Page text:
“I’ve become a good friend of Ruud van Nistlerooy, too, who was a big fan of Lord of the Rings, and when Elijah and me turned up at United’s U.S. tour last year, he asked to meet up with us and we went with the players to a party at Venice Beach. I’ve kept in touch with Ruud since then and we exchange e-mails from time to time, so it doesn't feel like I'm so far away."
There is one thing that he can't keep up with, however, the one thing he misses more than anything about Blighty... “Going home on a Saturday night with a Chinese takeaway and watching Match of the Day. God I miss that.”
Hawaii’s spectacular breakers and golden sands, or Gary Lineker, Mark Lawrenson and a dodgy No.27 with prawn crackers? It’s easy to understand where he’s coming from…
Best ever moment
“Completing the treble against Bayern Munich in 1999. I watched the game in a bar and I don’t think the excitement of those final five minutes will ever be bettered.”
“Switching on Match of the Day and listening to Des Lynam give his views on Eric Cantona’s infamous kung fu incident at Crystal Palace. I thought if Des is dissing my hero, it must really be bad. I felt really low at that time.”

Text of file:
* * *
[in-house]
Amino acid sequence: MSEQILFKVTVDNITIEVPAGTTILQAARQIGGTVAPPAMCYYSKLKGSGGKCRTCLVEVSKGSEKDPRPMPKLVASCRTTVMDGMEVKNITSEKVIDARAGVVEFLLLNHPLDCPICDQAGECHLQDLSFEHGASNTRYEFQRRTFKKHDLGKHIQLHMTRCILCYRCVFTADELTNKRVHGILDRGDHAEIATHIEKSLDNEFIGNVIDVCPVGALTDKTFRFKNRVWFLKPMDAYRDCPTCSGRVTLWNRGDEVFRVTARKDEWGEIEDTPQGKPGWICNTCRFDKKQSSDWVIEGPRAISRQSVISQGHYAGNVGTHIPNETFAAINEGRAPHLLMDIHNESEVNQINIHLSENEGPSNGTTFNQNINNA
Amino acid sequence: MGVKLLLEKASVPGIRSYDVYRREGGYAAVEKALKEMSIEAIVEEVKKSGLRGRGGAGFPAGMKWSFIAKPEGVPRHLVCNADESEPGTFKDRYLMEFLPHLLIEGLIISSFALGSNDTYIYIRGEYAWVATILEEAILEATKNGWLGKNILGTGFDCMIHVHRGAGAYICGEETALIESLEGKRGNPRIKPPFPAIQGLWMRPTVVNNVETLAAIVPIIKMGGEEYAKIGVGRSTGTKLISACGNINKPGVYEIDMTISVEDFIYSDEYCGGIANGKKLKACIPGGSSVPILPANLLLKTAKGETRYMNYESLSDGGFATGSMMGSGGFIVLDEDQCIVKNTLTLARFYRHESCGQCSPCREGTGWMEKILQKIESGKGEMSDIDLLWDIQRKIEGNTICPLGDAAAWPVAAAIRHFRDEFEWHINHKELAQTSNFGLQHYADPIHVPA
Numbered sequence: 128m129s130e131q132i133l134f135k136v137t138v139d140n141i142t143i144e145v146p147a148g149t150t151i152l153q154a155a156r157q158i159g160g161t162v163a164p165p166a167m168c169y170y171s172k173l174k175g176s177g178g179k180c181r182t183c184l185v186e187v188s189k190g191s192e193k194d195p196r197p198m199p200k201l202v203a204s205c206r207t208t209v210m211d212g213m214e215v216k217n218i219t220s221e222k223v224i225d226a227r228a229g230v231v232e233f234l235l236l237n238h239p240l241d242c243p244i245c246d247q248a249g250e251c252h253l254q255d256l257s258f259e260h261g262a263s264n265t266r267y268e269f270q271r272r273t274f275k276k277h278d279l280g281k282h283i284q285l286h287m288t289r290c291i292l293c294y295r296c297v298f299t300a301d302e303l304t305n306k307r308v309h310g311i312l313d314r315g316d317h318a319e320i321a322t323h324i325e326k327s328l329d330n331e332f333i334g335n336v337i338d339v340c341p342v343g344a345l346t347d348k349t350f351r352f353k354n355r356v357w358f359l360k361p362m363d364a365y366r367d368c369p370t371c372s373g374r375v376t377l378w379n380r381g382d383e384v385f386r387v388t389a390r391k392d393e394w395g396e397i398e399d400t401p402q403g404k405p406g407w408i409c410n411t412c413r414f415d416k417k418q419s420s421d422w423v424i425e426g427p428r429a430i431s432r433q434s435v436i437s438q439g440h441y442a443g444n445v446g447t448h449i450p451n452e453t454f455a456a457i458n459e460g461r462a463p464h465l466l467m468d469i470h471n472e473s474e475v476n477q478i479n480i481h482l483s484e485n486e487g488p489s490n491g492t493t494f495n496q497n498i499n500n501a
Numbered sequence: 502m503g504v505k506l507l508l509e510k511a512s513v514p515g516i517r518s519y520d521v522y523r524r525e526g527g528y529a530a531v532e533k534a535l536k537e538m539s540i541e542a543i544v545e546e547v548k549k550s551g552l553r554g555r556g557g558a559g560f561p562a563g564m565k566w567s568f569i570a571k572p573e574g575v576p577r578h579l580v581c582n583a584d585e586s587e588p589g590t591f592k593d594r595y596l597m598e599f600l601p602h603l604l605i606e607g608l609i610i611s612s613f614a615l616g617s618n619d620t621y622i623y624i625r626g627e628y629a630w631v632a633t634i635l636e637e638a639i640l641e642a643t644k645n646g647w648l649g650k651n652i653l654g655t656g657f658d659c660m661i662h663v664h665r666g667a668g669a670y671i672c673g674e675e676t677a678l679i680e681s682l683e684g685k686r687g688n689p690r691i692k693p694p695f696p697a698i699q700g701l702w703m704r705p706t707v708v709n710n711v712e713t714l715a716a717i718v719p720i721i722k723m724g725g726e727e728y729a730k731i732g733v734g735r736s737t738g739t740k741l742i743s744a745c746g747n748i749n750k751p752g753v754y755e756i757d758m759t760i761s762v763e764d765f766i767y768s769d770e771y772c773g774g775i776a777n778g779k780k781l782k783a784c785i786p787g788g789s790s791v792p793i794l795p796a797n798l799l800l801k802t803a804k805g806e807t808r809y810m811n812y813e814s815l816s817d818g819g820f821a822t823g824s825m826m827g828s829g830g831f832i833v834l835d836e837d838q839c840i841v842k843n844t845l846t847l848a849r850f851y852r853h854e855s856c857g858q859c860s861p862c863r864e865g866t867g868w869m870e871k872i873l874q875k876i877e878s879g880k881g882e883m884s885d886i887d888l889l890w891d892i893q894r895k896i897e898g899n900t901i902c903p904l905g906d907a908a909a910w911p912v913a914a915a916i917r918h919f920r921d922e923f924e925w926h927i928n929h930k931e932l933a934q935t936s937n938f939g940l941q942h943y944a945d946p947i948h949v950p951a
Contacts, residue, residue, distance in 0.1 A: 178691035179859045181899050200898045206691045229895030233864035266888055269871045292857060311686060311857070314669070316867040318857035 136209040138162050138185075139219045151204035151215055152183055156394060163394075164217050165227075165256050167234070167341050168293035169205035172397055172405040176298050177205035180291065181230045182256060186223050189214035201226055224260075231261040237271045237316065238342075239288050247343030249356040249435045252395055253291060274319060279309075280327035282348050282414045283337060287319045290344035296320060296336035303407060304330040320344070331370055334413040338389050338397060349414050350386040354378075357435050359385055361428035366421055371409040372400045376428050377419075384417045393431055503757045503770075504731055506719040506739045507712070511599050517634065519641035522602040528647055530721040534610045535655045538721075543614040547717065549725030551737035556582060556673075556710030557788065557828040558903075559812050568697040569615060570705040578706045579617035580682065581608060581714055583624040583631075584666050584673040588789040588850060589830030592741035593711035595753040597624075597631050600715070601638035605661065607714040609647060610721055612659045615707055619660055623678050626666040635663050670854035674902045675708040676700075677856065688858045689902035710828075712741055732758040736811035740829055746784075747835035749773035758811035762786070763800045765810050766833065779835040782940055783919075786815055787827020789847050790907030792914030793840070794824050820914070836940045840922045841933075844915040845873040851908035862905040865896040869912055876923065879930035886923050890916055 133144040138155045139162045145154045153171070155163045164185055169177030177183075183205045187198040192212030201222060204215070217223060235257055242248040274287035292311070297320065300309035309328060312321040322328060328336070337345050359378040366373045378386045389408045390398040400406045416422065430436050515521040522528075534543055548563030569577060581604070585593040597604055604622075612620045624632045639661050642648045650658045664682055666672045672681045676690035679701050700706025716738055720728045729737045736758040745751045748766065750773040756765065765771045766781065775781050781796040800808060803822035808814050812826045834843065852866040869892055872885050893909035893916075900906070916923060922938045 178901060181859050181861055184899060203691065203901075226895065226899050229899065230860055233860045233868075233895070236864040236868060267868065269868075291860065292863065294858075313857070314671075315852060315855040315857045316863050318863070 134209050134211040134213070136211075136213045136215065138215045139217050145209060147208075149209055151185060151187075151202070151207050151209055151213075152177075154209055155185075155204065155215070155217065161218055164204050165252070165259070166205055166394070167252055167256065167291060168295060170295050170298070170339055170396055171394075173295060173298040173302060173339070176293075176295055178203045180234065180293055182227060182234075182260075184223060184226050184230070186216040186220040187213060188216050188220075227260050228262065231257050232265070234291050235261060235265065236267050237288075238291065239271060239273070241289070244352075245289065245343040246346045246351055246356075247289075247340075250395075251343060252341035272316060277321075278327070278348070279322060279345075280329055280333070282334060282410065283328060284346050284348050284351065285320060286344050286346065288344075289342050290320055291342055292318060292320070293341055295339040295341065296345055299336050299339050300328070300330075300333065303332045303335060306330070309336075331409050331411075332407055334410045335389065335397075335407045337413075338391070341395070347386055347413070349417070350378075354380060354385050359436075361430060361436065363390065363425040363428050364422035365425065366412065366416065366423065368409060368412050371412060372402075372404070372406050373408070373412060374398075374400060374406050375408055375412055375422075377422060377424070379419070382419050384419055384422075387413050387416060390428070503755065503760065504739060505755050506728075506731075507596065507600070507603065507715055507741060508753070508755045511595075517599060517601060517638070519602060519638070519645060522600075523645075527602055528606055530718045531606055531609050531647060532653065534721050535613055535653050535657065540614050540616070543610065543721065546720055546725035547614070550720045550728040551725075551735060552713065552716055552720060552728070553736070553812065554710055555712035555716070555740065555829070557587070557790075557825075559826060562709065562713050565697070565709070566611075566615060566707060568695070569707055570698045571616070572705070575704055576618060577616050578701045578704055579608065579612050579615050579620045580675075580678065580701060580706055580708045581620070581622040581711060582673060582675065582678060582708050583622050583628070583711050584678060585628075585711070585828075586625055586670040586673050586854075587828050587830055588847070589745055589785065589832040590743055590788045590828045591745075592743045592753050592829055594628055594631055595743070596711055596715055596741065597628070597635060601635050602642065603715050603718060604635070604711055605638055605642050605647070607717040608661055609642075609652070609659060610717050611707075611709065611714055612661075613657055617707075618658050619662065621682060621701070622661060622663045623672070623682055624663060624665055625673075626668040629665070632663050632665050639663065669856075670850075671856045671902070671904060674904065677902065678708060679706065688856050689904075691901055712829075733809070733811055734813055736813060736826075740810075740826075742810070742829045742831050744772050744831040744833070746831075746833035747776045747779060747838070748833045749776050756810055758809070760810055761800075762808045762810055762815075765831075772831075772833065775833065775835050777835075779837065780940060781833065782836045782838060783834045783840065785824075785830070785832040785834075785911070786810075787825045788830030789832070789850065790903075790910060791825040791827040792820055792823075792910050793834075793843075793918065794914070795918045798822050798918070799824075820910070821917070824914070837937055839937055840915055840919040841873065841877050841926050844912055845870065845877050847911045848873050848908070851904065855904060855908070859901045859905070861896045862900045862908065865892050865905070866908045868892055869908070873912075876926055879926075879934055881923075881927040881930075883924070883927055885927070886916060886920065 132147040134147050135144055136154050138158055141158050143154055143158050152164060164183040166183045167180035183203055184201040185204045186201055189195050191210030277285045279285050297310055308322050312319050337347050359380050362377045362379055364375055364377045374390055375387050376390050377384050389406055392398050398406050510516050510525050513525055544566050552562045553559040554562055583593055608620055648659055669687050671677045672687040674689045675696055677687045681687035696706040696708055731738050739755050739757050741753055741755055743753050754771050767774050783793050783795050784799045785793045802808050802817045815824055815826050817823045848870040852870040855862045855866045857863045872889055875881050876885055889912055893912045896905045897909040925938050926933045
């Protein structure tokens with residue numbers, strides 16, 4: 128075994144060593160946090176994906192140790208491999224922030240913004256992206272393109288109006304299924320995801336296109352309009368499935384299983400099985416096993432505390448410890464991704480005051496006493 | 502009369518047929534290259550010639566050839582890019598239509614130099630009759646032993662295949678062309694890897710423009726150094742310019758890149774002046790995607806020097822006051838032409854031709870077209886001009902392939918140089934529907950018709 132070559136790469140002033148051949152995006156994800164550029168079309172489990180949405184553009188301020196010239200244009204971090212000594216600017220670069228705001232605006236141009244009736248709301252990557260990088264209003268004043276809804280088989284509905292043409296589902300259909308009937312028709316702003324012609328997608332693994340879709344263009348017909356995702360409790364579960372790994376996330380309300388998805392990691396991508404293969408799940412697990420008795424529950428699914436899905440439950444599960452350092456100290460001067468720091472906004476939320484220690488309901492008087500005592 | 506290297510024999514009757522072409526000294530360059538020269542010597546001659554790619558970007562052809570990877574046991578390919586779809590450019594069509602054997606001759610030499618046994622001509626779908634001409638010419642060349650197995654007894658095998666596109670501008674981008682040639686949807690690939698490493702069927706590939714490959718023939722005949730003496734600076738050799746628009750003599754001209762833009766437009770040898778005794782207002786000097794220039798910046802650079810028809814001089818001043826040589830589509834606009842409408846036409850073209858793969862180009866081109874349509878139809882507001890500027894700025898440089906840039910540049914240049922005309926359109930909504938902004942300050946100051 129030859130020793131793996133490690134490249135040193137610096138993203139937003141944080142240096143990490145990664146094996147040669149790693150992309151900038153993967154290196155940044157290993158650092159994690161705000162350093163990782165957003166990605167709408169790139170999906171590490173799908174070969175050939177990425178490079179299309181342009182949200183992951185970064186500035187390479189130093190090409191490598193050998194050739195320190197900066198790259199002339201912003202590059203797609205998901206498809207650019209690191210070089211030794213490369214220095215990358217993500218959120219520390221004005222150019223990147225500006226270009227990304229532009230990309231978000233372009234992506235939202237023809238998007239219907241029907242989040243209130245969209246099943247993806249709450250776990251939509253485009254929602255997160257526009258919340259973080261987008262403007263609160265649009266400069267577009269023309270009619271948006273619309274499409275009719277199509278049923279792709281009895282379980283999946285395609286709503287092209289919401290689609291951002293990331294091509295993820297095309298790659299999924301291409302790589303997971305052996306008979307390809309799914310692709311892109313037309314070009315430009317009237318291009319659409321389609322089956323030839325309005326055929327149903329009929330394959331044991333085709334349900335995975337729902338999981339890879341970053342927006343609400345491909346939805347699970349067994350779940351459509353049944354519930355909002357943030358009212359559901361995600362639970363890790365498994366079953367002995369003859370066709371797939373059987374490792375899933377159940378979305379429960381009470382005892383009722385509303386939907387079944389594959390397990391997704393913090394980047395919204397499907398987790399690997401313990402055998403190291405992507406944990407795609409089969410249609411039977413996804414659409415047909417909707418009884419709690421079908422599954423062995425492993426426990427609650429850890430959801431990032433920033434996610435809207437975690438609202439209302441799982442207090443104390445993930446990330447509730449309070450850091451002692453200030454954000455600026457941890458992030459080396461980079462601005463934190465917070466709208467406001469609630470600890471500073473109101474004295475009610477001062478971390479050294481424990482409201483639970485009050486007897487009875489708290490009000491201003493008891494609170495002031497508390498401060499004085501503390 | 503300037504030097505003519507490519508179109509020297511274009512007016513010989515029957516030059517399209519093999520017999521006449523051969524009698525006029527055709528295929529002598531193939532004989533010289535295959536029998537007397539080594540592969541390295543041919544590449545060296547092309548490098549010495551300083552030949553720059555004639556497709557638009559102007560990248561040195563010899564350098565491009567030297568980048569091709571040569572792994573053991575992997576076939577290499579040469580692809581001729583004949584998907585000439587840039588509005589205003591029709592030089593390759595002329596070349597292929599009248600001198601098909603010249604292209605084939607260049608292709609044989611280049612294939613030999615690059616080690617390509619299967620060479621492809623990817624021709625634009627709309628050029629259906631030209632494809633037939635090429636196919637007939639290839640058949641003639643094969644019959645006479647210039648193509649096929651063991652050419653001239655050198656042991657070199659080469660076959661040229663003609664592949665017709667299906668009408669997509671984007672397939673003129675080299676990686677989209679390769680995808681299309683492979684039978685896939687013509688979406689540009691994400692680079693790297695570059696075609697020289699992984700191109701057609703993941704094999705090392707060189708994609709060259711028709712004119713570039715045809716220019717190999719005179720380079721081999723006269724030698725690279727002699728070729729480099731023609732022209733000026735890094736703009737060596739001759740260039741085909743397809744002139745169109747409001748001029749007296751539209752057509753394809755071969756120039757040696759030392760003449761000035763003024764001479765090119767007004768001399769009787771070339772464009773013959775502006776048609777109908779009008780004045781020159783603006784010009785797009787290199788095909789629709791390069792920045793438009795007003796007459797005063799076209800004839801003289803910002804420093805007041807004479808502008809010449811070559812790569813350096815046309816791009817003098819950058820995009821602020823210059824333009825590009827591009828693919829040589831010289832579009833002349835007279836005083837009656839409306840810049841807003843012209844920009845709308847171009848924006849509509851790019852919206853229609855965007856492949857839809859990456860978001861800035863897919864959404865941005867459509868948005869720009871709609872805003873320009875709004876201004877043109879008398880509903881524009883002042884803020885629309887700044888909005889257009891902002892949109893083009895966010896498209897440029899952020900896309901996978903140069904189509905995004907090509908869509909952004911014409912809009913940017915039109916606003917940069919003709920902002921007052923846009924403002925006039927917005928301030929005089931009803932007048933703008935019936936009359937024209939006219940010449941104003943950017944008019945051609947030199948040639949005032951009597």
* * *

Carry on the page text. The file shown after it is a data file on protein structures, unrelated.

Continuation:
“Has to be Eric – he just had that little something extra.”
Team you hate
“It has to be Liverpool. I don’t think the rivalry is quite as bad as it used to be but for all the run-ins and intense battles down the years, it has to be them.”
“Neil Ruddock – an overweight Cockney who was just in the Liverpool team to mix it. I remember him trying to make Cantona look a fool by sticking his chest out after a clash. Eric just squashed his nose and stuck out his ears in retaliation.”
“Ronaldinho - that guy’s on a different planet and could you imagine Rooney, Ronaldo and Ronaldinho? What a forward line…”